Big deal Hollywood movie studios SONY and Walt Disney Pictures are working on a blockbuster new idea, but it's not a movie. It's a new way to watch movies -- at home, on your HDTV, while the movie is still playing in theaters. The two studios have both started trial runs of a system where movie fans can watch films that are in still in theaters, by streaming them on cable, Internet, and satellite TV.
Be warned, though, that these big deal Hollywood movie studios are not yet making this service available in Hollywood. Or even the United States of America. Right now, these are just two pilot programs being tested only in South Korea. But the studios are using South Korea as their test market, and they may apply the model to other countries -- or to a home theater near you!
The report that SONY and Disney will stream movies still in theaters comes in today's Wall Street Journal, which has the article behind a subscription paywall. But we've got the important parts summarized below.
It's works like this -- over in South Korea, the blockbuster films "Django Unchained", "Wreck-It Ralph", and "Brave" were made available as rentals for home TV or Internet streaming just three weeks after their release in theaters. The studios will closely watch the receipts, and see if this move might be more lucrative for them.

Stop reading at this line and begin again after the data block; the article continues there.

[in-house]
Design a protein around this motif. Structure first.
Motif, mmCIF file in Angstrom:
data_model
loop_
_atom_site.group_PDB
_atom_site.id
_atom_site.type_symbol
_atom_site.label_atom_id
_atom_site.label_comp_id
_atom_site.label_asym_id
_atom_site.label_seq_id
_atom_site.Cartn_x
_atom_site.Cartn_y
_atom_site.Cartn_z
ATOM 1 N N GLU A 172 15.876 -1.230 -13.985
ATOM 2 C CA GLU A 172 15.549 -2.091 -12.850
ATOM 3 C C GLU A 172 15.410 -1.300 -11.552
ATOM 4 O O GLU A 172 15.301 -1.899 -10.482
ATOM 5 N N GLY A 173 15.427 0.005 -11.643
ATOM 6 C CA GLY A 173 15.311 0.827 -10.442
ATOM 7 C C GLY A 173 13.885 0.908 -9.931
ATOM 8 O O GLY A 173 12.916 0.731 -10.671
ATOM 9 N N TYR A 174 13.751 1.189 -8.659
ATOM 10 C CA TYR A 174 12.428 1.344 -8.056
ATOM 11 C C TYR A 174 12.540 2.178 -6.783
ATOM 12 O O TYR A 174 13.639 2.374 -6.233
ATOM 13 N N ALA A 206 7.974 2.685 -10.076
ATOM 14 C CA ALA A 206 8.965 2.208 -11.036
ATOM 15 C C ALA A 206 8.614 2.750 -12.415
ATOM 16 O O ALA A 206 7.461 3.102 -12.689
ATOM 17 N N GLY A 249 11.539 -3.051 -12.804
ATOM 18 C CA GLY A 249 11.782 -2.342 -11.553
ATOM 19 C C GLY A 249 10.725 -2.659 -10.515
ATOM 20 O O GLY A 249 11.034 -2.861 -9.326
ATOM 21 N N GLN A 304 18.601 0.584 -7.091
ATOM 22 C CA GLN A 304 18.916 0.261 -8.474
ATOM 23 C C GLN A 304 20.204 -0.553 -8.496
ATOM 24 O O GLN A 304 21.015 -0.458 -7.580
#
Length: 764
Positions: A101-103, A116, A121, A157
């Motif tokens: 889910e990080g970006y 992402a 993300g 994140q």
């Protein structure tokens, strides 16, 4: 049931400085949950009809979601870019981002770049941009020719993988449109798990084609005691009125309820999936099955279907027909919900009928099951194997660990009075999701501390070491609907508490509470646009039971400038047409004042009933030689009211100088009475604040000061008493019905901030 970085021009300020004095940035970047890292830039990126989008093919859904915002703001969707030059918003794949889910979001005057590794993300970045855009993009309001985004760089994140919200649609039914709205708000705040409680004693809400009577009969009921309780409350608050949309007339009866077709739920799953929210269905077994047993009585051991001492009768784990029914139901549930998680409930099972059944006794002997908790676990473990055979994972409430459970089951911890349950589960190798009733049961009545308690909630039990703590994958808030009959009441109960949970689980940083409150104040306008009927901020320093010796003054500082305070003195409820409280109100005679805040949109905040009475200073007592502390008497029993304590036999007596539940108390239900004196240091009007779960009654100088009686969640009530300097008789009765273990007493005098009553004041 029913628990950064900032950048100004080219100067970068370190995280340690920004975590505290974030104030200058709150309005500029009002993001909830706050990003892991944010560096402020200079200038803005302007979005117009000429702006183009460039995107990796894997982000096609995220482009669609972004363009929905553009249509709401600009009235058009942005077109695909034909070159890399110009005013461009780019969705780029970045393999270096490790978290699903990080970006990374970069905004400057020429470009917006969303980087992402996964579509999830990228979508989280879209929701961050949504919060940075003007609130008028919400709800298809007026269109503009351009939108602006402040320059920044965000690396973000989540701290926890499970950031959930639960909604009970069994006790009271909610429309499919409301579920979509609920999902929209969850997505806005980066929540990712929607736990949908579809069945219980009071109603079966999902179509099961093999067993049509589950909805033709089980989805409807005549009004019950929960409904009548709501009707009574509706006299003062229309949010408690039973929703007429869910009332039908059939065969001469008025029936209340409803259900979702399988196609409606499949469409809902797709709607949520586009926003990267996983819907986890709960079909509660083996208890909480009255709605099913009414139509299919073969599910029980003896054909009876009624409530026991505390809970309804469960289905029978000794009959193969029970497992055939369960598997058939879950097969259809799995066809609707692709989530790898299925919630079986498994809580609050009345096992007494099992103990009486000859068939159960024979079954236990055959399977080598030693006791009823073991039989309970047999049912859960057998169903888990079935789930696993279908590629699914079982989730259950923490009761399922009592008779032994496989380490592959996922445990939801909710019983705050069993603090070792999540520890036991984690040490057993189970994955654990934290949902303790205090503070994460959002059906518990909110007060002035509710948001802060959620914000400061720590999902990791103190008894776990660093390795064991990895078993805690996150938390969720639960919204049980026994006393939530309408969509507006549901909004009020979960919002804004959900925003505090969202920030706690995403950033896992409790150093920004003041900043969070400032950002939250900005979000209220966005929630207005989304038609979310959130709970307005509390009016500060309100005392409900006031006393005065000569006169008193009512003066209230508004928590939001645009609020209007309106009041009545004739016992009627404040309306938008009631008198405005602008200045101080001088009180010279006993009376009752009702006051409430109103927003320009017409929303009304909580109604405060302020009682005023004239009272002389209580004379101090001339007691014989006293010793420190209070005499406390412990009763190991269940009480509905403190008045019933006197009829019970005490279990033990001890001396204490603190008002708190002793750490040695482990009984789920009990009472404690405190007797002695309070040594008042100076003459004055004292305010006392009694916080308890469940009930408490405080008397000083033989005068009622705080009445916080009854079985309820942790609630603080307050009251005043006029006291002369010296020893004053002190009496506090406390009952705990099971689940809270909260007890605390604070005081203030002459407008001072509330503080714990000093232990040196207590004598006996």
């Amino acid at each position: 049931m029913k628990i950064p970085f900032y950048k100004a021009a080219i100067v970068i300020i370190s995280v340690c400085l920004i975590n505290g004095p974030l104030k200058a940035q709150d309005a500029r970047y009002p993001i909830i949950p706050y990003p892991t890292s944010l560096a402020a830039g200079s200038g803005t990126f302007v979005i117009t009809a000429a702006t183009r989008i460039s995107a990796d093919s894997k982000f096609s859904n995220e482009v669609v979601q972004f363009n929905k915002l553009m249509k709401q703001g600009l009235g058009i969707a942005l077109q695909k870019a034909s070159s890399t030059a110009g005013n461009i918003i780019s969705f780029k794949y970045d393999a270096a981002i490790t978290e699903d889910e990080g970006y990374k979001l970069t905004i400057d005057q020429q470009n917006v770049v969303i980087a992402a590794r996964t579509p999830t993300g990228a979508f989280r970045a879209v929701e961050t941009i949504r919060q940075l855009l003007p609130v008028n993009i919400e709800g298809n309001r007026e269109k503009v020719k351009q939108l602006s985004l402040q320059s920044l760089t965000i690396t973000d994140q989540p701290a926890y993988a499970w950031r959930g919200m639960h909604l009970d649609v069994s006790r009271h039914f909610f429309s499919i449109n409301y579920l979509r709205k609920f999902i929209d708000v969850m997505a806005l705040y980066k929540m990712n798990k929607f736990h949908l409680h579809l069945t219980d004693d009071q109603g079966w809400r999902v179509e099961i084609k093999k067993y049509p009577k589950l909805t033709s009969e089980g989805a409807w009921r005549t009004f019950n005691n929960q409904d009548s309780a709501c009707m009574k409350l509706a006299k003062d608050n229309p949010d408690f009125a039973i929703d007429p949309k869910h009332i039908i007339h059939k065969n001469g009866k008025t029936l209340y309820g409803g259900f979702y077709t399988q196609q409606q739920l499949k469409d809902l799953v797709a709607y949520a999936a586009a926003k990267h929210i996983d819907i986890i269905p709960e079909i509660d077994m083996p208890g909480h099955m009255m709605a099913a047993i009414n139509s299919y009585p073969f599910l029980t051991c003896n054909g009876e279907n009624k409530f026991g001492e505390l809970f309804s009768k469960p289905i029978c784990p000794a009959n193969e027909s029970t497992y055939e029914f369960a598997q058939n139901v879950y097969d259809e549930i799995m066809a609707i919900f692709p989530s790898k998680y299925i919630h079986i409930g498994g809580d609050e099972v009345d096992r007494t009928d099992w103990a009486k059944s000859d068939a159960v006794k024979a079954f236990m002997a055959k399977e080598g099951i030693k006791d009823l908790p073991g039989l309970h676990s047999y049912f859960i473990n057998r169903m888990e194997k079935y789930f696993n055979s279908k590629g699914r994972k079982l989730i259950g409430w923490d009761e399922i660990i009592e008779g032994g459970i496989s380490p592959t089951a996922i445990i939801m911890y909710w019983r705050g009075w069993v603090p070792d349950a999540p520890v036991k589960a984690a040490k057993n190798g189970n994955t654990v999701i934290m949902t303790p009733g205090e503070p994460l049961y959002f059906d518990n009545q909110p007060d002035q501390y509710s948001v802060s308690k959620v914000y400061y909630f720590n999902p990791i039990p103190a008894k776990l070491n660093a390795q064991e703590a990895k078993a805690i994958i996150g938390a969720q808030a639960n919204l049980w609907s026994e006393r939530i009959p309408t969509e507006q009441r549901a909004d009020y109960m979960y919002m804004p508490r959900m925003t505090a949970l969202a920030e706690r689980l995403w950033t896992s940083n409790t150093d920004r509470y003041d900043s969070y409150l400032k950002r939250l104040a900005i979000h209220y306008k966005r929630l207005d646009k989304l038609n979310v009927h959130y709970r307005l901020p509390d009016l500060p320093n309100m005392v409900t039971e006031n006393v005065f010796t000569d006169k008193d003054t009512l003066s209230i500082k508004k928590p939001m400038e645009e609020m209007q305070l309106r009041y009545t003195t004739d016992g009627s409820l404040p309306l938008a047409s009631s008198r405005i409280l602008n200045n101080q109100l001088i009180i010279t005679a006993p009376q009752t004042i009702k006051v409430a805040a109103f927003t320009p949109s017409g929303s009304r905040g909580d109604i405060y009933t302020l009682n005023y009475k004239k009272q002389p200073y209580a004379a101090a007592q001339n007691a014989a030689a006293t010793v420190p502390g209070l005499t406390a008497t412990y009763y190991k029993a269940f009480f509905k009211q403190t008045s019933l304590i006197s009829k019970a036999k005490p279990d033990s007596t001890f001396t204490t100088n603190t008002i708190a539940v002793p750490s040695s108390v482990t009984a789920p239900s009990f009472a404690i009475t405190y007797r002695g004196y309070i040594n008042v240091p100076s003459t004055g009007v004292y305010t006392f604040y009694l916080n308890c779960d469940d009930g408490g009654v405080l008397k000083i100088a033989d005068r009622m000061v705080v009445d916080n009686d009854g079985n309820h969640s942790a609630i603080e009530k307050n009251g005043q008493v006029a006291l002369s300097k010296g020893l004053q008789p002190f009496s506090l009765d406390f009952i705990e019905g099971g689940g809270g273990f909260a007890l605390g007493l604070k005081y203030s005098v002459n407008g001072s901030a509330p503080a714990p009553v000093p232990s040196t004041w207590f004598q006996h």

According to tech blog The Verge, "the four other major Hollywood studios are said to be watching the situation closely and may follow suit, putting pressure on movie theater chains."
You would assume this move means huge trouble for the movie theater chains, but this is not necessarily so. Even as the window between theatrical releases and streaming releases is closing, movie studios made more money than ever last year on theatrical releases. This is thanks to the technical magic of "increasing ticket prices".
The industry that this home streaming would really screw is the DVD and Blu-Ray sales sector. Those sales declined by about 30 percent last year, primarily because of Netflix,and good old-fashioned piracy.
Disney and SONY see home streaming as a way of curtailing piracy. Their logic is that if you've already seen the film via streaming, you're less likely to pirate the film once it's available in a burnable or rippable form of media like a DVD or Blu-Ray.
Still, the U.S. movie theater chains like Regal and AMC are fighting to defend their current 90-day window between theatrical release and home release, telling Variety that earlier home streaming releases of movies "muddies the value proposition" for movie-goers.
But you know what else muddies the value proposition for movie-goers? The technical magic of "increasing ticket prices".